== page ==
The Catholic University of America

Summary of Federal Laws

Miscellaneous Laws Affecting Universities

Compliance Partners

General Counsel

Director of Alumni Relations

Director of Law School Institutional Advancement

VP and Chief of Staff

Ethics in Government Act of 1978 (amended by the Ethics Reform Act of 1989 and the Honest Leadership and Open Government Act of 2007

5 U.S.C.A. App. 4 § 101 et seq. and 5 U.S.C. § 7353; 5 C.F.R. § 2635, and 41 C.F.R. §§ 301-1 and 304-1

Members of Congress and officers and employees of the executive, legislative, and judicial branches are barred from soliciting or accepting anything of value from anyone seeking official action from, doing business with, or conducting activities regulated by the individual's employing entity or whose interests may be substantially affected by the performance or nonperformance of the individual's official duties.

A private university that does not employee a lobbyist is subject to the following restrictions:


The University may provide a gift, which includes anything of monetary value, such as a meal to a member of Congress or a staffer, if the gift's value is less than $50. For each member and staffer, there is an annual gift maximum of $99.99, but gifts valued at less then $10 do not count toward the limit. Cash gifts or equivalents (e.g. gift cards) are prohibited.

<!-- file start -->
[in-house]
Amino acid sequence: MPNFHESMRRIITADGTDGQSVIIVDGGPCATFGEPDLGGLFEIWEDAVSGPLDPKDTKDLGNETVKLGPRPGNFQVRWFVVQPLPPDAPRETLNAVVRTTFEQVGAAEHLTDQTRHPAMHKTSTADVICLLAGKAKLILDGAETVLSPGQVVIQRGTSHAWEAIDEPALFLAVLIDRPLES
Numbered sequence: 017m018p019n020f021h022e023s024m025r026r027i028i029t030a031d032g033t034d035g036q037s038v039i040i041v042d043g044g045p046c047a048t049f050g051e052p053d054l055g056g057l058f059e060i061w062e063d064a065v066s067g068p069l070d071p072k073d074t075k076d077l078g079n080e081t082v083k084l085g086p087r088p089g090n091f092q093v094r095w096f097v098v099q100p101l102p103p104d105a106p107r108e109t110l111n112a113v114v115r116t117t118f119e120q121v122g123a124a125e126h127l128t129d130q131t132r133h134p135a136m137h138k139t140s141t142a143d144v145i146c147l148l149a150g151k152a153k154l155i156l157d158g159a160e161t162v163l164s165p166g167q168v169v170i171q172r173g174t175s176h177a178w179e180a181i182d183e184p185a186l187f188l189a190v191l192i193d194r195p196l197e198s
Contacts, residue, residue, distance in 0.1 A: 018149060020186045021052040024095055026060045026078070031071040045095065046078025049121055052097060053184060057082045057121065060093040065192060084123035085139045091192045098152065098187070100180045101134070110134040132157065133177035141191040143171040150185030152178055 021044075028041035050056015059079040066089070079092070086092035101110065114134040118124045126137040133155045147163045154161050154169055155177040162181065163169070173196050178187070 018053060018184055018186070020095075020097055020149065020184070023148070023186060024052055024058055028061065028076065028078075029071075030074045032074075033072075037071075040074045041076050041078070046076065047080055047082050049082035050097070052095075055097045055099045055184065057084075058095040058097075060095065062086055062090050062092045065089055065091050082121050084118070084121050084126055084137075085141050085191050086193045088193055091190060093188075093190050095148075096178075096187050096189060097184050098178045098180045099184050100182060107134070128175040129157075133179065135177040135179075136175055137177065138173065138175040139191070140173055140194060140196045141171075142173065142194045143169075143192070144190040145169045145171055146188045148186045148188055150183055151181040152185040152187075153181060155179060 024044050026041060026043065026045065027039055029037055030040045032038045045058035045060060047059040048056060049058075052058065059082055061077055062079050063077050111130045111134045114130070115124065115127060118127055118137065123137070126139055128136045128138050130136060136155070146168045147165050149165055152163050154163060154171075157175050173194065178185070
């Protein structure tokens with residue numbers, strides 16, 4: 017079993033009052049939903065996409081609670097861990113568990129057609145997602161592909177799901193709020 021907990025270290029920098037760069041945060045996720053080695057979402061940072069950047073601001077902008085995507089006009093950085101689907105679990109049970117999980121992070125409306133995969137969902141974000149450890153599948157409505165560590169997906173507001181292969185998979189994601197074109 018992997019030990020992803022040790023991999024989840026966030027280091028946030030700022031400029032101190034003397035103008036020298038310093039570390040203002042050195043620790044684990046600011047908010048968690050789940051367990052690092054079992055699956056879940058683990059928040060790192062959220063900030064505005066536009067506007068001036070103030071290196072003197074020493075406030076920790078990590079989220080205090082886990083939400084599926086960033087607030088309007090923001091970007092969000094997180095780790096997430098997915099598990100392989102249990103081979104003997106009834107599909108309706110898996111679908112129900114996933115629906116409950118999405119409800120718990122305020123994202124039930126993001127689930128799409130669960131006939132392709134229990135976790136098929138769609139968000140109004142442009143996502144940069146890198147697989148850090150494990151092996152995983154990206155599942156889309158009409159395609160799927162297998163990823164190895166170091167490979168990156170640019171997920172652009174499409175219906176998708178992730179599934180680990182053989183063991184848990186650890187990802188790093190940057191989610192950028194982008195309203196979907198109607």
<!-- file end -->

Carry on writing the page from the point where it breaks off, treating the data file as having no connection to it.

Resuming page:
Free attendance for members of Congress or staffers to events sponsored by the university is allowed. The school may pay admission fees, including food costs, for a member of Congress or his/her staff to attend a convention, dinner or the like if the event is related to his/her Congressional duties; at least 25 people (other than members of Congress, staff and their family) are expected to attend the event and the event is open to members of the public, to those in a given industry or profession or to a range of persons interested in the subject matter. The invitation must come directly from the school.

The school may pay the fees for the member of Congress or staff to attend for free most fundraising events, as long as their attendance is on the same terms as others attending the event. This means that a member of Congress could not attend for free a VIP dinner that follows a charity reception.

Members of Congress or staffers may be invited to a business meeting or small reception that has no admission fee. The food served at such an event can only be of nominal value.

Free tickets to sporting events with a face value of less than $50 may be provided as long as the annual $99.99 gift maximum for the staffer or member of Congress will not be exceeded.

Members of Congress or staffers may be invited on privately sponsored travel but the House Committee or the Senate Select Committee on Ethics must pre-approve any sponsored travel. See for House certification forms and for Senate forms. Reimbursement for necessary travel, lodging and related expenses is permissible.

For more on the law see the ACE memo titled What do the New Rules on Lobbying Congress Signify for Colleges and Universities?



updated 1-2-18